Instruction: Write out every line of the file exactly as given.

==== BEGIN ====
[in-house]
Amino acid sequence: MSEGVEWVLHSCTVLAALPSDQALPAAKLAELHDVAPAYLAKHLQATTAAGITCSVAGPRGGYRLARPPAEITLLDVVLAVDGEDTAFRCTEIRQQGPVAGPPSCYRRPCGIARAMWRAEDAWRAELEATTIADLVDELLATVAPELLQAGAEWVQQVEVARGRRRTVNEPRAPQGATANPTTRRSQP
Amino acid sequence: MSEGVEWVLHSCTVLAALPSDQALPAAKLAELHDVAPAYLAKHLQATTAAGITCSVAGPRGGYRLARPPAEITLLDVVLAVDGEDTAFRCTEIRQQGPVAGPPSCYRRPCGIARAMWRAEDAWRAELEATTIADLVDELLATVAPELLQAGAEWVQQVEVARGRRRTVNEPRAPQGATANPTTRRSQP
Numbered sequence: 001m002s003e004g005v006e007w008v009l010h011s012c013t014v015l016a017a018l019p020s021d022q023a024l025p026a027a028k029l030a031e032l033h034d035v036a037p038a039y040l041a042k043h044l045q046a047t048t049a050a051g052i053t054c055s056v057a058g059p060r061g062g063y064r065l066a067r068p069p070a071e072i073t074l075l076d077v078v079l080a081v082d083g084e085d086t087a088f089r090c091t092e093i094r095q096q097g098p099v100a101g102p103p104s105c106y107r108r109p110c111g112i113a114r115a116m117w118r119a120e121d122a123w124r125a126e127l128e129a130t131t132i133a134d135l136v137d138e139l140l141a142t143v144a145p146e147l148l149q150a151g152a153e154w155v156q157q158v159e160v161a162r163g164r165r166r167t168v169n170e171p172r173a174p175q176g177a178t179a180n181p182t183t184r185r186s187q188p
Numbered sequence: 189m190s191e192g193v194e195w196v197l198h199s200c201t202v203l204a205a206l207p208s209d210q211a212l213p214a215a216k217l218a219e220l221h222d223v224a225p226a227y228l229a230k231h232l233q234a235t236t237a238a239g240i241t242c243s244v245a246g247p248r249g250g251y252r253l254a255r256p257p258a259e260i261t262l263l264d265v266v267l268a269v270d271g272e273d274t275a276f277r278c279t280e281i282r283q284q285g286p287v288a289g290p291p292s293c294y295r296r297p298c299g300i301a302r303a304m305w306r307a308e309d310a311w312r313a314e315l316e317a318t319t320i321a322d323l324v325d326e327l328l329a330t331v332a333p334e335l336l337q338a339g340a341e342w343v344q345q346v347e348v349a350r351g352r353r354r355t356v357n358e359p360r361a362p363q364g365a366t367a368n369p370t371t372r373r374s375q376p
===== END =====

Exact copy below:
[in-house]
Amino acid sequence: MSEGVEWVLHSCTVLAALPSDQALPAAKLAELHDVAPAYLAKHLQATTAAGITCSVAGPRGGYRLARPPAEITLLDVVLAVDGEDTAFRCTEIRQQGPVAGPPSCYRRPCGIARAMWRAEDAWRAELEATTIADLVDELLATVAPELLQAGAEWVQQVEVARGRRRTVNEPRAPQGATANPTTRRSQP
Amino acid sequence: MSEGVEWVLHSCTVLAALPSDQALPAAKLAELHDVAPAYLAKHLQATTAAGITCSVAGPRGGYRLARPPAEITLLDVVLAVDGEDTAFRCTEIRQQGPVAGPPSCYRRPCGIARAMWRAEDAWRAELEATTIADLVDELLATVAPELLQAGAEWVQQVEVARGRRRTVNEPRAPQGATANPTTRRSQP
Numbered sequence: 001m002s003e004g005v006e007w008v009l010h011s012c013t014v015l016a017a018l019p020s021d022q023a024l025p026a027a028k029l030a031e032l033h034d035v036a037p038a039y040l041a042k043h044l045q046a047t048t049a050a051g052i053t054c055s056v057a058g059p060r061g062g063y064r065l066a067r068p069p070a071e072i073t074l075l076d077v078v079l080a081v082d083g084e085d086t087a088f089r090c091t092e093i094r095q096q097g098p099v100a101g102p103p104s105c106y107r108r109p110c111g112i113a114r115a116m117w118r119a120e121d122a123w124r125a126e127l128e129a130t131t132i133a134d135l136v137d138e139l140l141a142t143v144a145p146e147l148l149q150a151g152a153e154w155v156q157q158v159e160v161a162r163g164r165r166r167t168v169n170e171p172r173a174p175q176g177a178t179a180n181p182t183t184r185r186s187q188p
Numbered sequence: 189m190s191e192g193v194e195w196v197l198h199s200c201t202v203l204a205a206l207p208s209d210q211a212l213p214a215a216k217l218a219e220l221h222d223v224a225p226a227y228l229a230k231h232l233q234a235t236t237a238a239g240i241t242c243s244v245a246g247p248r249g250g251y252r253l254a255r256p257p258a259e260i261t262l263l264d265v266v267l268a269v270d271g272e273d274t275a276f277r278c279t280e281i282r283q284q285g286p287v288a289g290p291p292s293c294y295r296r297p298c299g300i301a302r303a304m305w306r307a308e309d310a311w312r313a314e315l316e317a318t319t320i321a322d323l324v325d326e327l328l329a330t331v332a333p334e335l336l337q338a339g340a341e342w343v344q345q346v347e348v349a350r351g352r353r354r355t356v357n358e359p360r361a362p363q364g365a366t367a368n369p370t371t372r373r374s375q376p